When the eleven-member D.C. Circuit refused to reconsider the case en banc, four judges argued that the government should still win the case, but for a different reason. Those judges regarded the ACA as a bill to raise revenue, but they went on to rule that it did not violate the Origination Clause because of the second half of that clause — which authorizes the Senate to amend House-passed bills.
Sissel’s lawyers filed his petition in October, challenging both approaches taken by the D.C. Circuit judges.
Replying, the Obama administration said that its view of the limited scope of the Origination Clause had been understood as the law since 1833, when Supreme Court Justice Joseph Story spelled it out that way in his constitutional commentaries. The Supreme Court embraced that view, the brief said, in decisions beginning in 1876 and continuing as recently as 1990.
Every judge who has considered Sissel’s claim, the brief commented, “has now rejected it, and the disagreement among some over the proper reason for rejecting it does not merit this Court’s review.” Quoting one of the Court’s prior precedents, the brief said the Court “reviews judgments, not statements in opinions.”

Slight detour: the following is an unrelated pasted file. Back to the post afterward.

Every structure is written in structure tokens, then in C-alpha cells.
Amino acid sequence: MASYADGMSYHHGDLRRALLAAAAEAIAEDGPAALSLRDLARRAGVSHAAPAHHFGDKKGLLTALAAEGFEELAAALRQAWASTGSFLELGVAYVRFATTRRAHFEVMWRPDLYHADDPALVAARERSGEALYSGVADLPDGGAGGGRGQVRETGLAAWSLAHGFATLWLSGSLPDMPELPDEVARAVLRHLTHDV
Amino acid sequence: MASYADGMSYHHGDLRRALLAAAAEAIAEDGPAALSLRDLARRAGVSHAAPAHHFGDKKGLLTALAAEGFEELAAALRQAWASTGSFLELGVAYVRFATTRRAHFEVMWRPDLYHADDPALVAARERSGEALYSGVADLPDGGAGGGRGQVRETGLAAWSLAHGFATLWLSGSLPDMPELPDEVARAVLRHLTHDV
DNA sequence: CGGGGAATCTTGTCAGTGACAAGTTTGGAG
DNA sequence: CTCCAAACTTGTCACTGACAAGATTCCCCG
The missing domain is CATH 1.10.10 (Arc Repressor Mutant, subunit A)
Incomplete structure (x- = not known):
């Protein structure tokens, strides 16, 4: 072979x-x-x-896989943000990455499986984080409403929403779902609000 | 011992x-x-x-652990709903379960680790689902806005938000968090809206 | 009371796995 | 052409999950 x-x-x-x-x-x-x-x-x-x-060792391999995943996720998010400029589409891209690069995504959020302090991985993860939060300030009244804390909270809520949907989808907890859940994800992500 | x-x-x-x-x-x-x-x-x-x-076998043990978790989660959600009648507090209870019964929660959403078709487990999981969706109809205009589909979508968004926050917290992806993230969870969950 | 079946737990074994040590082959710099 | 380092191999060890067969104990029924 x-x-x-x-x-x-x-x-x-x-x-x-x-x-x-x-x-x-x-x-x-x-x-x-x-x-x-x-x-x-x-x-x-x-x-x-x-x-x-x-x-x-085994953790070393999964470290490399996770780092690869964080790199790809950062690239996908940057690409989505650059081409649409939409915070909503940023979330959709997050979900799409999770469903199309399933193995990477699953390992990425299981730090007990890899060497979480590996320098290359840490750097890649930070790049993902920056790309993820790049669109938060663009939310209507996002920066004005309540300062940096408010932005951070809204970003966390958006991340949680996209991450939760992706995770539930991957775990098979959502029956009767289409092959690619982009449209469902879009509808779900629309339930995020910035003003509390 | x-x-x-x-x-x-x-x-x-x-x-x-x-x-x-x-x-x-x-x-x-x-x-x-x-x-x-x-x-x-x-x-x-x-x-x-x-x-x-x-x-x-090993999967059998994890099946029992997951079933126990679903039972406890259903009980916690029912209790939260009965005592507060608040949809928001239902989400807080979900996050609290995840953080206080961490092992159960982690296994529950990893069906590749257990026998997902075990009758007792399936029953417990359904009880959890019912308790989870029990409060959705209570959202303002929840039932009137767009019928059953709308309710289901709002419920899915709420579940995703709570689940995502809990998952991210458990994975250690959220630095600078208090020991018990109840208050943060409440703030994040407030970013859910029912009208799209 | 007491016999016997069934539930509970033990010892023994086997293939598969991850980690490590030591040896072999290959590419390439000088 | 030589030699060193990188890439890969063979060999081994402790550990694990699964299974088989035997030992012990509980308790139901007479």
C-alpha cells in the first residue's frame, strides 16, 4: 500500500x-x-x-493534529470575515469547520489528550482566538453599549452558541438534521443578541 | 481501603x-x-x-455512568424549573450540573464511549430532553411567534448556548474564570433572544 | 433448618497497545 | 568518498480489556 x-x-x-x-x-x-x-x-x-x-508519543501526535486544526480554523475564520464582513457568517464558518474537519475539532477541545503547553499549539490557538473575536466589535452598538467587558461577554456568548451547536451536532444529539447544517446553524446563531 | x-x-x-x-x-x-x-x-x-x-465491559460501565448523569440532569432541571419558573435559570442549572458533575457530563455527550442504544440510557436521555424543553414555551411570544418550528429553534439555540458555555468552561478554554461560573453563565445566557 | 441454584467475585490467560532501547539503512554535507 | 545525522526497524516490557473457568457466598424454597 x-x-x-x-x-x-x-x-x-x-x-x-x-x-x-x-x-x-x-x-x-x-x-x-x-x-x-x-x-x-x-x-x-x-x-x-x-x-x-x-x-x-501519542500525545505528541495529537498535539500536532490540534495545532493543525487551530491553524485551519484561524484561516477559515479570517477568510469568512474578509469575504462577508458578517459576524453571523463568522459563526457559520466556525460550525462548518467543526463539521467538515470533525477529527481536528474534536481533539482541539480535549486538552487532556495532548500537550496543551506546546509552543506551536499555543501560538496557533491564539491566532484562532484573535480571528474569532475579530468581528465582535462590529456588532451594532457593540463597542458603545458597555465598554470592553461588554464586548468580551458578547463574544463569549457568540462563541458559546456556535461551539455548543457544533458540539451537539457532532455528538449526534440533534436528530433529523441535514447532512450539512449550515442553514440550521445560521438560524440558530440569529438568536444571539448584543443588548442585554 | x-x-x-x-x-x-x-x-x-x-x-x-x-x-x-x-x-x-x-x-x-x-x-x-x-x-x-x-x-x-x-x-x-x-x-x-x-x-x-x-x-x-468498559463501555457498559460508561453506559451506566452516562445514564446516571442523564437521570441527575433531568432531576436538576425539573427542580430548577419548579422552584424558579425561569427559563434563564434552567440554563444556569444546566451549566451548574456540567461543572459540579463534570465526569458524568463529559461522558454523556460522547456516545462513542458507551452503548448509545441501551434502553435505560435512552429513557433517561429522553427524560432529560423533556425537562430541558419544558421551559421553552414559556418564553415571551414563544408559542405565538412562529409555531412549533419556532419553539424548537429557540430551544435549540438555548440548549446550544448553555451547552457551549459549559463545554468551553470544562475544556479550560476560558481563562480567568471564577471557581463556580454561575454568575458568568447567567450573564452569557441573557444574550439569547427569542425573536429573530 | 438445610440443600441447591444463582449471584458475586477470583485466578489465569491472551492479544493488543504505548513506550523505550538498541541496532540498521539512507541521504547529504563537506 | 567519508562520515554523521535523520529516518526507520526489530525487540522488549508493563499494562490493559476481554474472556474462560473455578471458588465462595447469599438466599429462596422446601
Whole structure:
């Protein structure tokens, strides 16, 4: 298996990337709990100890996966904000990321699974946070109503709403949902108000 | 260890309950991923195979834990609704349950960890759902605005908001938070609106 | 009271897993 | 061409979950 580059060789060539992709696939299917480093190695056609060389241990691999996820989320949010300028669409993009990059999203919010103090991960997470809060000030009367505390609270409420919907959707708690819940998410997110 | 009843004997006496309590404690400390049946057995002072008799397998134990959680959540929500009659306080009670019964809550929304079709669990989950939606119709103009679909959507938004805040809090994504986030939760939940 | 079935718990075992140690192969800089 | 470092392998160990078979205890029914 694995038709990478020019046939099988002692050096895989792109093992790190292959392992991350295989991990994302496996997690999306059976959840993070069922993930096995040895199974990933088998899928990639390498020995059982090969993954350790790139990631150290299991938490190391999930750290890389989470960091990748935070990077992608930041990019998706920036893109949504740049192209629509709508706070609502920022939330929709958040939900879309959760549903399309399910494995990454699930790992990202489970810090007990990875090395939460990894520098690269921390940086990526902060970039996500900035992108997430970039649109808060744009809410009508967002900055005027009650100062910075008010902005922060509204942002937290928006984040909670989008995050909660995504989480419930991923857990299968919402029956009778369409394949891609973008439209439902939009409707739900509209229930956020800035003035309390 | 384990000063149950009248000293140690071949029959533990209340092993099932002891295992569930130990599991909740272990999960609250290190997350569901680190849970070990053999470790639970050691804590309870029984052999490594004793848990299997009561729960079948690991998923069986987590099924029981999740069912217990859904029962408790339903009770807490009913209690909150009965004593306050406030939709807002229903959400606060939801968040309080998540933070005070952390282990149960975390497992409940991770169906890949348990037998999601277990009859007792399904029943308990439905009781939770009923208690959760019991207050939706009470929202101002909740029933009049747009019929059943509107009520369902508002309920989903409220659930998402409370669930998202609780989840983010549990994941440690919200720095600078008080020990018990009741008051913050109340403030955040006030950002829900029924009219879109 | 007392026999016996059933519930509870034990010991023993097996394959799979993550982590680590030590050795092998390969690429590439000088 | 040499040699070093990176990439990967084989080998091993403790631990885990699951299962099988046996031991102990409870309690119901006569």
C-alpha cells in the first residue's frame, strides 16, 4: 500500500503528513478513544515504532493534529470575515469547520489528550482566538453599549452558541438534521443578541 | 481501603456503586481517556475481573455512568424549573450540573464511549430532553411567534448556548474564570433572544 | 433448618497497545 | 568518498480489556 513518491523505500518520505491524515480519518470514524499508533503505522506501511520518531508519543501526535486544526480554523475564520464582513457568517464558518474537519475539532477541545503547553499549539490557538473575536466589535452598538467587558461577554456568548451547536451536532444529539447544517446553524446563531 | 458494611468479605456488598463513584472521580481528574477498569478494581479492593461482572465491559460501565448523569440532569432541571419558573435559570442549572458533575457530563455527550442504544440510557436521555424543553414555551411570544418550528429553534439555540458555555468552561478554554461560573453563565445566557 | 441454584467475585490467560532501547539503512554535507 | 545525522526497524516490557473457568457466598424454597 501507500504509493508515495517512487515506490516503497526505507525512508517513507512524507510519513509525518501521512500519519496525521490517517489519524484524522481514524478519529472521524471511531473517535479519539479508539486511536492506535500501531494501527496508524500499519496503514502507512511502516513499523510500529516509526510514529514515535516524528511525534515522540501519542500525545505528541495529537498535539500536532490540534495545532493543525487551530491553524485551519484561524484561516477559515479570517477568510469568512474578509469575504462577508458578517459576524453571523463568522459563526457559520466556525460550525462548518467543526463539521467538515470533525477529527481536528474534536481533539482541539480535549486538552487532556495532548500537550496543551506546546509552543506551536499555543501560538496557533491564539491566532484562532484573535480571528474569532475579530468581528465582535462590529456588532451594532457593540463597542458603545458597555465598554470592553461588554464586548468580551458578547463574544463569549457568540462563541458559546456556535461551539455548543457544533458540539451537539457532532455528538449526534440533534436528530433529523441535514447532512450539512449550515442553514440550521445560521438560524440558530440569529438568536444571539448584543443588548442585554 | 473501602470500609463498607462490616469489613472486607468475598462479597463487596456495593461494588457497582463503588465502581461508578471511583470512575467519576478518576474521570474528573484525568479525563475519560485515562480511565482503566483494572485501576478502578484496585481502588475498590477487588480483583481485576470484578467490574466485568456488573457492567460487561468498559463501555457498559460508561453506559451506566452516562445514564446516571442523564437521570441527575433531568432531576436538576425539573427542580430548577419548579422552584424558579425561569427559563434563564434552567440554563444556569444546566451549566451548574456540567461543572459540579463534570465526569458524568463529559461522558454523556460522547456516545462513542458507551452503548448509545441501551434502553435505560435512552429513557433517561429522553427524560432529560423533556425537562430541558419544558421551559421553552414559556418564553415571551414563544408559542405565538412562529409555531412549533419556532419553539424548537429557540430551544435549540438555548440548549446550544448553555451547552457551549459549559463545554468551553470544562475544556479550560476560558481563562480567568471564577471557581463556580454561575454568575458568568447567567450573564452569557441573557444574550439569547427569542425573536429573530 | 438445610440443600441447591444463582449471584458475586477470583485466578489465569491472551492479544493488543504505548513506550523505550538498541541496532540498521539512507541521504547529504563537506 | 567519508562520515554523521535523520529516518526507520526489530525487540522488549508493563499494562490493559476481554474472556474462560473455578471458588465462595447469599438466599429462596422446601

Although almost all of the new filing is devoted to the arguments the government makes for its interpretation of the clause at issue, the final two paragraphs were intended to close off Sissel’s claim by saying he could not personally benefit from it.
The brief noted that, a week after the ACA had become law, Congress passed a series of amendments of various parts of the ACA. One of those changed the formula for calculating how much an individual would have to pay the government for failing to obtain health insurance. That measure originated in the House and little change was made in it when it then went through the Senate and then went on to be signed by the president.
Sissel himself, the brief said, is not subject to the version of the individual mandate that he seeks to challenge — the original ACA — because his situation is actually covered by the amended version. As a result, the government said, Sissel “would not be entitled to relief even if he were correct that the original enactment of that provision in the Affordable Care Act is improper.”
Moreover, the brief said, in a final thrust, the House’s approval of the amendments to the ACA should cure a violation — if any had occurred — because its action reflected congressional ratification of the mandate through a procedure satisfying the origination requirement.
Sissel’s lawyers will have an opportunity to file a reply brief. It is unclear, at this point, whether the initial filings will be completed in time for the Court to grant review and decide the case during the current Term. The Court would have to grant review sometime next month to set up a final decision this Term.
The Court already has agreed to decide, this Term, the fourth case testing the ACA — this time, the law’s mandate that female employees have access to free birth-control devices and methods under a system that allows some exemptions for religious non-profit employers — exemptions that many such institutions regard as inadequate to protect their religious objections to such devices and methods.